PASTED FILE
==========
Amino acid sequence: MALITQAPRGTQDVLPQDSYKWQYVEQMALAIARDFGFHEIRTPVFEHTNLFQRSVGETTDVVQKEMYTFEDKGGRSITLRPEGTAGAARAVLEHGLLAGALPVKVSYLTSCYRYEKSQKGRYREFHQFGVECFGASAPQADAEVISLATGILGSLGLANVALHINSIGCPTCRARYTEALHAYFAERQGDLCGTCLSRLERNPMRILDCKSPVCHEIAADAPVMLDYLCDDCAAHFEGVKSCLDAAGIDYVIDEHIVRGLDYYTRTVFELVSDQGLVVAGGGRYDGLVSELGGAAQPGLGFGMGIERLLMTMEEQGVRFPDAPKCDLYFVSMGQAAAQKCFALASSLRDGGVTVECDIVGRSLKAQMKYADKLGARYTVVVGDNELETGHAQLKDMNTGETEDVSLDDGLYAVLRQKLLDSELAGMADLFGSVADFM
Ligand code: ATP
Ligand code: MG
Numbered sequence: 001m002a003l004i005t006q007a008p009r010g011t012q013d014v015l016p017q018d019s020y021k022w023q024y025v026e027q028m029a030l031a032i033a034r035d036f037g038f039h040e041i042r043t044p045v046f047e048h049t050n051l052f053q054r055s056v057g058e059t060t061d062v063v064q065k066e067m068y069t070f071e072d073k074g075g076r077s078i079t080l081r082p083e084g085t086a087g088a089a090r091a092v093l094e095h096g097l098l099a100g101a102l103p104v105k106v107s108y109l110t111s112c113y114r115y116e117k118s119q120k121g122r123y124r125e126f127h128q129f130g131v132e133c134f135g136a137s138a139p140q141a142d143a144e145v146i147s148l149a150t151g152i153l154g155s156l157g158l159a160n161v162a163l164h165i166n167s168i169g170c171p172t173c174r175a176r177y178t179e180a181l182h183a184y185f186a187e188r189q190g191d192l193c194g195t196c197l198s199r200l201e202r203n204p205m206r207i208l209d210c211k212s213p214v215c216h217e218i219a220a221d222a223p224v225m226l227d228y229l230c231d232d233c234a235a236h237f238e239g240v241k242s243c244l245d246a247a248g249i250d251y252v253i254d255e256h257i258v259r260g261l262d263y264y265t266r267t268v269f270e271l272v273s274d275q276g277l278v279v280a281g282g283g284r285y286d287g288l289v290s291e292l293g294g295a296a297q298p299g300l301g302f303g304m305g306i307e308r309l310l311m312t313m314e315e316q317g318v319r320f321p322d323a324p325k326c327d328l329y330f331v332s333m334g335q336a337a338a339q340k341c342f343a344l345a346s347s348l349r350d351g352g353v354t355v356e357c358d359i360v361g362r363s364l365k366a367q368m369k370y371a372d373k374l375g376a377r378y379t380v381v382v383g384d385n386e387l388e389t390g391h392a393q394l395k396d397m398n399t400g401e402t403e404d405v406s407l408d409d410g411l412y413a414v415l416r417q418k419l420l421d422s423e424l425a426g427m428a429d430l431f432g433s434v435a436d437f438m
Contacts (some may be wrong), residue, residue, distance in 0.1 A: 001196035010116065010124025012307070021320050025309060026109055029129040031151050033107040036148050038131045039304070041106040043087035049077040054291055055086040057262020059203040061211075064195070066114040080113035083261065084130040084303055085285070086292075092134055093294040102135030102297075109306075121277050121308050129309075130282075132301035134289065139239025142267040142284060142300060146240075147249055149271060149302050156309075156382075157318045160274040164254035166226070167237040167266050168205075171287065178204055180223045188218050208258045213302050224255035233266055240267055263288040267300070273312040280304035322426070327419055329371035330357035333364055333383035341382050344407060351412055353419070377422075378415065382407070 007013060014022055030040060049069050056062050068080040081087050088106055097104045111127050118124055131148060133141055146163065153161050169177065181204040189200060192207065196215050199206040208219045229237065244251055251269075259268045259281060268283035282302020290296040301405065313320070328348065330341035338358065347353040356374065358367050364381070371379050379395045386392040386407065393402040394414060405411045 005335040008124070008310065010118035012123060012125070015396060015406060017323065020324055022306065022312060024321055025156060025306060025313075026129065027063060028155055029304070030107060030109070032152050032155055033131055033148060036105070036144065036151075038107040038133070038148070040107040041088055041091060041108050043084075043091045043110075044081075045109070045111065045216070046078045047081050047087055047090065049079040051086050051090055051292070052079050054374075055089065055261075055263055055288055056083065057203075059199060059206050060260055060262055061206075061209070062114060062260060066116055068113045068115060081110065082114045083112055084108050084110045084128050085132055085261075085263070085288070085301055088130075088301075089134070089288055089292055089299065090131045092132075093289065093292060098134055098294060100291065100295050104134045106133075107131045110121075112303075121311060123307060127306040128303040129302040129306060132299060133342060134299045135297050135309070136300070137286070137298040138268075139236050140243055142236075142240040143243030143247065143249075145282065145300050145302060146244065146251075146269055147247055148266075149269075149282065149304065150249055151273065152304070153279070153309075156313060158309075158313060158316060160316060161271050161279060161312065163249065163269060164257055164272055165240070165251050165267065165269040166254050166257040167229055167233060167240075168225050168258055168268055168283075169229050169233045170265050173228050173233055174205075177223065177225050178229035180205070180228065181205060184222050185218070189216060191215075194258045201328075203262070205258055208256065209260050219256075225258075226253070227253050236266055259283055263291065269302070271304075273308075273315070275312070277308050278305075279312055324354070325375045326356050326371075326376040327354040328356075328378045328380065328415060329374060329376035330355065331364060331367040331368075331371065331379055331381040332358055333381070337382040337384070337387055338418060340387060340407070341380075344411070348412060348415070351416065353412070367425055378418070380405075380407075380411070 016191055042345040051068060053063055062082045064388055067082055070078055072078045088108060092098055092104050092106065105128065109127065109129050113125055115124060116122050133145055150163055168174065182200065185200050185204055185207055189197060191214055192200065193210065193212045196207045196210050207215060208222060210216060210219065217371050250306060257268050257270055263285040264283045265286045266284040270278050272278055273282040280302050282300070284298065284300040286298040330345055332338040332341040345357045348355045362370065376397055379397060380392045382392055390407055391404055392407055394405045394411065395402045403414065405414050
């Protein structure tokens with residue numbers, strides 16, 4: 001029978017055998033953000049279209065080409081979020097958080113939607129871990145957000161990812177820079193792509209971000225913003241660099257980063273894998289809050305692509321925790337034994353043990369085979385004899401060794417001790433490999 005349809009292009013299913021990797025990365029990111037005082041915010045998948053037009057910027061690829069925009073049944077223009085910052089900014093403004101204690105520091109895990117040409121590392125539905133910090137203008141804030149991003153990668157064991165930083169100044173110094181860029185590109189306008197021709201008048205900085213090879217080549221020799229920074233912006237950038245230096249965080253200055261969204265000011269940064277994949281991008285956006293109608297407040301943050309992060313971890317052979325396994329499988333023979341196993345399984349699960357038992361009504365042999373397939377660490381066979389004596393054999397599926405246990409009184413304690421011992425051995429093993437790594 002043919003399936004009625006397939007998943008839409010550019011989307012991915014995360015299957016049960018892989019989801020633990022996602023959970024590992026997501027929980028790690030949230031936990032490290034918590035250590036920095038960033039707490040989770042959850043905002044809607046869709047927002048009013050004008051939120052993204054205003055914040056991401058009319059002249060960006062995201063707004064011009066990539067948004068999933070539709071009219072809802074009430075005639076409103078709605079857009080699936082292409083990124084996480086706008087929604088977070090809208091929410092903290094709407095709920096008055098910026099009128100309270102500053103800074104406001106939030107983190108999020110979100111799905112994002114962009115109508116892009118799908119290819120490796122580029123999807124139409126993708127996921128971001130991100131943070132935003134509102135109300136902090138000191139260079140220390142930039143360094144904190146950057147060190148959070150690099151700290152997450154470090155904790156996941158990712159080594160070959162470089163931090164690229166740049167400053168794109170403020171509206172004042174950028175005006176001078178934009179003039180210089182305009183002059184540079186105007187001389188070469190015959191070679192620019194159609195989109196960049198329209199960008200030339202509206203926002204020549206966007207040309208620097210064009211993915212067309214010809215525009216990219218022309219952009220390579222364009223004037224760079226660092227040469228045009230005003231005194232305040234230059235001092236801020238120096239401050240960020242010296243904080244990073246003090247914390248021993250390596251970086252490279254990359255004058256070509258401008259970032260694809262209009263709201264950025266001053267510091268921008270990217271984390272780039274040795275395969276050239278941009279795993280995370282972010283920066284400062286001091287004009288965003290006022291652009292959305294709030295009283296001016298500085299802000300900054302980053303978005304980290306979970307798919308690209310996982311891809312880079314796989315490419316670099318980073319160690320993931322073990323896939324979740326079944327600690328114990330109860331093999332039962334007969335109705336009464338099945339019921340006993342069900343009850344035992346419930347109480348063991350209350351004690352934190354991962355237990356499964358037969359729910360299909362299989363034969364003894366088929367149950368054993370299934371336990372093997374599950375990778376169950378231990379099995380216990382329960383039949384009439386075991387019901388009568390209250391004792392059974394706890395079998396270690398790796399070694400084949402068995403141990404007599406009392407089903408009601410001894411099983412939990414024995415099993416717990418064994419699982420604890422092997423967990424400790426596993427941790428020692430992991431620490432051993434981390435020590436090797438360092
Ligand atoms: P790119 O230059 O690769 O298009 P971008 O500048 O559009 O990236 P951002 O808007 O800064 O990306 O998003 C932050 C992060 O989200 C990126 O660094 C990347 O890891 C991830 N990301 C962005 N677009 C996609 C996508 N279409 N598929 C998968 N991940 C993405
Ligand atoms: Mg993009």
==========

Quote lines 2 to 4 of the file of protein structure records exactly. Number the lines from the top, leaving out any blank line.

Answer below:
Ligand code: ATP
Ligand code: MG
Numbered sequence: 001m002a003l004i005t006q007a008p009r010g011t012q013d014v015l016p017q018d019s020y021k022w023q024y025v026e027q028m029a030l031a032i033a034r035d036f037g038f039h040e041i042r043t044p045v046f047e048h049t050n051l052f053q054r055s056v057g058e059t060t061d062v063v064q065k066e067m068y069t070f071e072d073k074g075g076r077s078i079t080l081r082p083e084g085t086a087g088a089a090r091a092v093l094e095h096g097l098l099a100g101a102l103p104v105k106v107s108y109l110t111s112c113y114r115y116e117k118s119q120k121g122r123y124r125e126f127h128q129f130g131v132e133c134f135g136a137s138a139p140q141a142d143a144e145v146i147s148l149a150t151g152i153l154g155s156l157g158l159a160n161v162a163l164h165i166n167s168i169g170c171p172t173c174r175a176r177y178t179e180a181l182h183a184y185f186a187e188r189q190g191d192l193c194g195t196c197l198s199r200l201e202r203n204p205m206r207i208l209d210c211k212s213p214v215c216h217e218i219a220a221d222a223p224v225m226l227d228y229l230c231d232d233c234a235a236h237f238e239g240v241k242s243c244l245d246a247a248g249i250d251y252v253i254d255e256h257i258v259r260g261l262d263y264y265t266r267t268v269f270e271l272v273s274d275q276g277l278v279v280a281g282g283g284r285y286d287g288l289v290s291e292l293g294g295a296a297q298p299g300l301g302f303g304m305g306i307e308r309l310l311m312t313m314e315e316q317g318v319r320f321p322d323a324p325k326c327d328l329y330f331v332s333m334g335q336a337a338a339q340k341c342f343a344l345a346s347s348l349r350d351g352g353v354t355v356e357c358d359i360v361g362r363s364l365k366a367q368m369k370y371a372d373k374l375g376a377r378y379t380v381v382v383g384d385n386e387l388e389t390g391h392a393q394l395k396d397m398n399t400g401e402t403e404d405v406s407l408d409d410g411l412y413a414v415l416r417q418k419l420l421d422s423e424l425a426g427m428a429d430l431f432g433s434v435a436d437f438m